Interestingly, inside the plinth on which the Kiwi Digger stands, is a jar of sand from the shores of Gallipoli.

It is said “When the statue is placed on its plinth, it will be angled so that the Digger faces the setting sun, while the Kiwi will greet the dawn.” The Daily Telegraph of April 16, 2008 had an article about the unveiling of the New Zealand soldier. Thanks to the Daily Telegraph for the photo of the Australian soldier (on the left).

The Anzac Bridge

The ANZAC Bridge, formally known as the Glebe Island Bridge, was completed in 1996. With a span of 345 metres, it is the longest cable-stayed bridge in Australia. The Anzac Bridge is an eight-lane cable-stayed bridge that carries cars along the Western Distributor (A4). It crosses Johnstons Bay between Pyrmont and Glebe Island (part of the suburb of Rozelle), on the western fringe of the Sydney CBD.

The bridge was opened to traffic on 3 December 1995 as the Glebe Island Bridge.

However, the Anzac Bridge was given its current name on Remembrance Day in 1998. It is to honour the memory of the soldiers of the Australian and New Zealand Army Corps (known as Anzacs) who served in World War I. Now, ANZAC Day includes soldiers of all wars. An Australian Flag flies atop the eastern pylon and a New Zealand Flag flies atop the western pylon. On Anzac Day in 2000, a bronze memorial statue of an Australian Anzac soldier (“digger”) holding a Lee–Enfield rifle in the “rest on arms reverse” drill position, was placed on the western end of the bridge. A statue of a New Zealand soldier was added to a plinth across the road from the Australian Digger. He is facing towards the east, and was unveiled by Prime Minister of New Zealand Helen Clark on Sunday 27 April 2008.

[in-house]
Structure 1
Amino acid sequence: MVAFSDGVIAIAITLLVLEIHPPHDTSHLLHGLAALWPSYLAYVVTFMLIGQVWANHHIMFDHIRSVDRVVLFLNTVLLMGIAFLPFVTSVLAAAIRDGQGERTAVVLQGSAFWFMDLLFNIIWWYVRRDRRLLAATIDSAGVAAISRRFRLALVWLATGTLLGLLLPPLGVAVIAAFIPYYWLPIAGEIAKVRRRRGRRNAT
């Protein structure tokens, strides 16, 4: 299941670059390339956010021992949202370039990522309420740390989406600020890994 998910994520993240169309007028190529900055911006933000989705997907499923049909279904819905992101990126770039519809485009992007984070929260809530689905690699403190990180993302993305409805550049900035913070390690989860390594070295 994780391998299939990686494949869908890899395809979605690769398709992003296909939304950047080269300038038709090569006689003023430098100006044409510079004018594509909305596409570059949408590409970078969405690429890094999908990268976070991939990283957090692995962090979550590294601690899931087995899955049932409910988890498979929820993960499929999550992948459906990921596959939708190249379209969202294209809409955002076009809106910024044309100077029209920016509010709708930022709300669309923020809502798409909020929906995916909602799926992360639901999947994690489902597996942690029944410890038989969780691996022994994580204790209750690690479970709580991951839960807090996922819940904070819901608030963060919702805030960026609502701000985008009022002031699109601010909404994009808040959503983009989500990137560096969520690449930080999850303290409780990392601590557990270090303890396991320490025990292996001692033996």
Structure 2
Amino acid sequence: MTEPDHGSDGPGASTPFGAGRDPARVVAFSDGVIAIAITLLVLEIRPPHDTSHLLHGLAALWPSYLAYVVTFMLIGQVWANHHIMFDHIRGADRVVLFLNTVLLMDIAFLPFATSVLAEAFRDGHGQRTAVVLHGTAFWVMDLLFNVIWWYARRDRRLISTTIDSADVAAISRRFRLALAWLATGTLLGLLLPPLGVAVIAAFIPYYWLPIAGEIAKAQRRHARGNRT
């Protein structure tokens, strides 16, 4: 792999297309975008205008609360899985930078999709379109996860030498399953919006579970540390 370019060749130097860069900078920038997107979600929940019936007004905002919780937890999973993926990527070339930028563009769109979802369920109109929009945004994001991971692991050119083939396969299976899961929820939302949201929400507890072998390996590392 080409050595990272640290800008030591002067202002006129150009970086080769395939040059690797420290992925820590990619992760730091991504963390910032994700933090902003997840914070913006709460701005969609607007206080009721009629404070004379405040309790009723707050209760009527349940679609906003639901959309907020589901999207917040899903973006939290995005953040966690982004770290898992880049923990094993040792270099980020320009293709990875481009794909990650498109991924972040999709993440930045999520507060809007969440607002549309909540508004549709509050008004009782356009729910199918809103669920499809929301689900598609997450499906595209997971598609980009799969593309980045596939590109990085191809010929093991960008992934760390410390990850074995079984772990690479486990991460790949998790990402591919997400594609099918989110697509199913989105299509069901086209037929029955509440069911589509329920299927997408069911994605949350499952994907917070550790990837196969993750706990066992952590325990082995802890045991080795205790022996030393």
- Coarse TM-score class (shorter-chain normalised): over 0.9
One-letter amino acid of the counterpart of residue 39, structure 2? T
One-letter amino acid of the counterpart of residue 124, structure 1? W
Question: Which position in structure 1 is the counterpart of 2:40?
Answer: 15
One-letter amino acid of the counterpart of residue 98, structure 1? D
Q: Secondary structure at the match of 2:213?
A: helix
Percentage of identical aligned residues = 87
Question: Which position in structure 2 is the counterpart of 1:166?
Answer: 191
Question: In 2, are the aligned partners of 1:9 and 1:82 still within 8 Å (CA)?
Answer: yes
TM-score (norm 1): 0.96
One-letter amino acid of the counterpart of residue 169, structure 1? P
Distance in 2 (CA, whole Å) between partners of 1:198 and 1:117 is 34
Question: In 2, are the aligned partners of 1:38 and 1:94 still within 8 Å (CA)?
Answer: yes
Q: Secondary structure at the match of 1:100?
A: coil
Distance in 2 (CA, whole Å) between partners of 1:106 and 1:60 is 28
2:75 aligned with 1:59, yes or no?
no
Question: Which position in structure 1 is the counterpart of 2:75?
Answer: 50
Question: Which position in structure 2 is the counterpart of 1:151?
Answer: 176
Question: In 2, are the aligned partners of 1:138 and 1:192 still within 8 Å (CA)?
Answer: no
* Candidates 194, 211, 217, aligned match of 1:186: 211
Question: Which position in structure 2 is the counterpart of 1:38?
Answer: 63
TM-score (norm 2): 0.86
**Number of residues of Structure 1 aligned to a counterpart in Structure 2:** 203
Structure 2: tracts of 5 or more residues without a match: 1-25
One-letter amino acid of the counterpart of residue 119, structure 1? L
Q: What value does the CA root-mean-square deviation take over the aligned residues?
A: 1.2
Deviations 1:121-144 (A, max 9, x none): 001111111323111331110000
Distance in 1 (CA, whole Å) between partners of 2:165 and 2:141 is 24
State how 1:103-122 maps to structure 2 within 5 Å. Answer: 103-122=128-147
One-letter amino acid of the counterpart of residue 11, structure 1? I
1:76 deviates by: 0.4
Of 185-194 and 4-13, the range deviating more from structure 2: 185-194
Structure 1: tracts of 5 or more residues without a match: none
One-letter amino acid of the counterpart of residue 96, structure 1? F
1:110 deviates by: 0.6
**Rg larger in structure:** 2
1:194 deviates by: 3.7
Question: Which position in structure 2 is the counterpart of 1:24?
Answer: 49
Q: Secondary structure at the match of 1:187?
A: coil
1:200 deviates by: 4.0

Thanks to for the information.

Harley and trike tours over the Anzac Bridge

ANZAC BRIDGE SYDNEY – in memory of ANZACS – we can take you over the Anzac Bridge on our Harley and trike tours. Our 3 Bridges will take you over the wonderful Anzac Bridge. Or, we can adapt another tour or design a completely new tour to take you over the Anzac Bridge. It’s our favourite bridge of Sydney.

The Australian Digger on the left is looking towards the setting sun. The New Zealand soldier on the right is looking towards the rising sun.

We are still open for business – Gift Vouchers. These certainly are difficult times for everyone. Almost every business is suffering to some degree. and we are no exception. The tour and travel industry is basically non-existant now. As you would imagine, we are not legally allowed to take people on Harley tours or rides anymore, this includes the trikes.

A Gift Voucher will give hope for the future!

Gift Voucher

However, our office is still open. If you are wondering what to give someone for their birthday, or for Mother’s Day next month, we can organise a Gift Voucher for you. The best way would be for us to email it but we can also print it and post it if you’d prefer.

We will extend the expiry date

For Gift Vouchers bought during this COVID19 pandemic, we will extend the expiry date for 3 years. This should give peace of mind that it will be used. If, for some reason the virus is still around in 3 years we will refund your payment in full.

A Gift Voucher in these uncertain times, will give hope. It will show that there is something to look forward to. One day life will get back to normal. We intend to weather this virus storm out and be here to put smiles back on the faces of our passengers.

Our Harley and trike tours are definitely the best

Our Harley and trike tours are definitely the best way to see the sights and sites of Sydney. Whether for 1 hour or 4 hours, or longer, we know you will have a lot of fun and see some interesting and iconic nature, beaches and buildings.

An interesting fact about Sydney Harbour

Here is an interesting fact about Sydney Harbour. The harbour is a drowned river estuary carved out of the sandstone about 29 million years ago. The sea level rose about 17,000 years ago flooding the river and creating the harbour. Around the world, it really is hard to think of a more beautiful harbour than Sydney Harbour.

So, we are still open for business – Gift Vouchers. Contact us today to organise one.

Sydney Harbour Harley tours
We are still open for business – Gift Vouchers